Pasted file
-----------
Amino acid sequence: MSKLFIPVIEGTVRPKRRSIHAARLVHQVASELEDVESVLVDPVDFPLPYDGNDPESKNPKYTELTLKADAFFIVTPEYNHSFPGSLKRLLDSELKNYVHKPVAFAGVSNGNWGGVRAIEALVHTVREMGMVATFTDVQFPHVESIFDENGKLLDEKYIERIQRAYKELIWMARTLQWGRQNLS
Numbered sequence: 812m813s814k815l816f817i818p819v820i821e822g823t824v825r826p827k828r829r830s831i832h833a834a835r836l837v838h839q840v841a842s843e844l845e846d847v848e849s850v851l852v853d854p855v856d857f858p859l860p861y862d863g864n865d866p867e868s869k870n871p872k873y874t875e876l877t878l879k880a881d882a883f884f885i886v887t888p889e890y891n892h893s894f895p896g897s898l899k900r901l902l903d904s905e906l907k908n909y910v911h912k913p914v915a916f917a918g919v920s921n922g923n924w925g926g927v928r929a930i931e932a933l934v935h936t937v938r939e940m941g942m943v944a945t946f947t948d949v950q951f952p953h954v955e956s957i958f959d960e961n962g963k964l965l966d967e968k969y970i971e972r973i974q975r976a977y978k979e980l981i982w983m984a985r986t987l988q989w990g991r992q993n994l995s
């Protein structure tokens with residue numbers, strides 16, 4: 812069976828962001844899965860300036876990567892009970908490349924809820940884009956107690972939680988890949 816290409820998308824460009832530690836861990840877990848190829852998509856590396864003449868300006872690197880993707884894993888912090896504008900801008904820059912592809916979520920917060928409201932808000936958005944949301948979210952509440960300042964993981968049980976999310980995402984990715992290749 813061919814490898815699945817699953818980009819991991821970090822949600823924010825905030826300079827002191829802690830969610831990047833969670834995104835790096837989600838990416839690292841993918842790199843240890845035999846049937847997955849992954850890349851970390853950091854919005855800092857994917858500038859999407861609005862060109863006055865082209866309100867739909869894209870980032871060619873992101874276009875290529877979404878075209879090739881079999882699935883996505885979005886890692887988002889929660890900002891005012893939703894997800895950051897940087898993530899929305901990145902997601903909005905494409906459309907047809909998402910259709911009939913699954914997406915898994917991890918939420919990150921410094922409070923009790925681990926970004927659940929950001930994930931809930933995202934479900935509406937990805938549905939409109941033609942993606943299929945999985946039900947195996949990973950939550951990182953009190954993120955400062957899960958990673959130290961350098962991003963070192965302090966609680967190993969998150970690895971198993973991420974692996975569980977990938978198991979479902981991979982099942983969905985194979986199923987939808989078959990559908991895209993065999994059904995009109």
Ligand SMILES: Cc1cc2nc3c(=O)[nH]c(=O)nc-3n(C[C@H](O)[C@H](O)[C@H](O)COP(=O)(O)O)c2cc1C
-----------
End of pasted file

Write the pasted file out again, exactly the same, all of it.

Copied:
Amino acid sequence: MSKLFIPVIEGTVRPKRRSIHAARLVHQVASELEDVESVLVDPVDFPLPYDGNDPESKNPKYTELTLKADAFFIVTPEYNHSFPGSLKRLLDSELKNYVHKPVAFAGVSNGNWGGVRAIEALVHTVREMGMVATFTDVQFPHVESIFDENGKLLDEKYIERIQRAYKELIWMARTLQWGRQNLS
Numbered sequence: 812m813s814k815l816f817i818p819v820i821e822g823t824v825r826p827k828r829r830s831i832h833a834a835r836l837v838h839q840v841a842s843e844l845e846d847v848e849s850v851l852v853d854p855v856d857f858p859l860p861y862d863g864n865d866p867e868s869k870n871p872k873y874t875e876l877t878l879k880a881d882a883f884f885i886v887t888p889e890y891n892h893s894f895p896g897s898l899k900r901l902l903d904s905e906l907k908n909y910v911h912k913p914v915a916f917a918g919v920s921n922g923n924w925g926g927v928r929a930i931e932a933l934v935h936t937v938r939e940m941g942m943v944a945t946f947t948d949v950q951f952p953h954v955e956s957i958f959d960e961n962g963k964l965l966d967e968k969y970i971e972r973i974q975r976a977y978k979e980l981i982w983m984a985r986t987l988q989w990g991r992q993n994l995s
């Protein structure tokens with residue numbers, strides 16, 4: 812069976828962001844899965860300036876990567892009970908490349924809820940884009956107690972939680988890949 816290409820998308824460009832530690836861990840877990848190829852998509856590396864003449868300006872690197880993707884894993888912090896504008900801008904820059912592809916979520920917060928409201932808000936958005944949301948979210952509440960300042964993981968049980976999310980995402984990715992290749 813061919814490898815699945817699953818980009819991991821970090822949600823924010825905030826300079827002191829802690830969610831990047833969670834995104835790096837989600838990416839690292841993918842790199843240890845035999846049937847997955849992954850890349851970390853950091854919005855800092857994917858500038859999407861609005862060109863006055865082209866309100867739909869894209870980032871060619873992101874276009875290529877979404878075209879090739881079999882699935883996505885979005886890692887988002889929660890900002891005012893939703894997800895950051897940087898993530899929305901990145902997601903909005905494409906459309907047809909998402910259709911009939913699954914997406915898994917991890918939420919990150921410094922409070923009790925681990926970004927659940929950001930994930931809930933995202934479900935509406937990805938549905939409109941033609942993606943299929945999985946039900947195996949990973950939550951990182953009190954993120955400062957899960958990673959130290961350098962991003963070192965302090966609680967190993969998150970690895971198993973991420974692996975569980977990938978198991979479902981991979982099942983969905985194979986199923987939808989078959990559908991895209993065999994059904995009109």
Ligand SMILES: Cc1cc2nc3c(=O)[nH]c(=O)nc-3n(C[C@H](O)[C@H](O)[C@H](O)COP(=O)(O)O)c2cc1C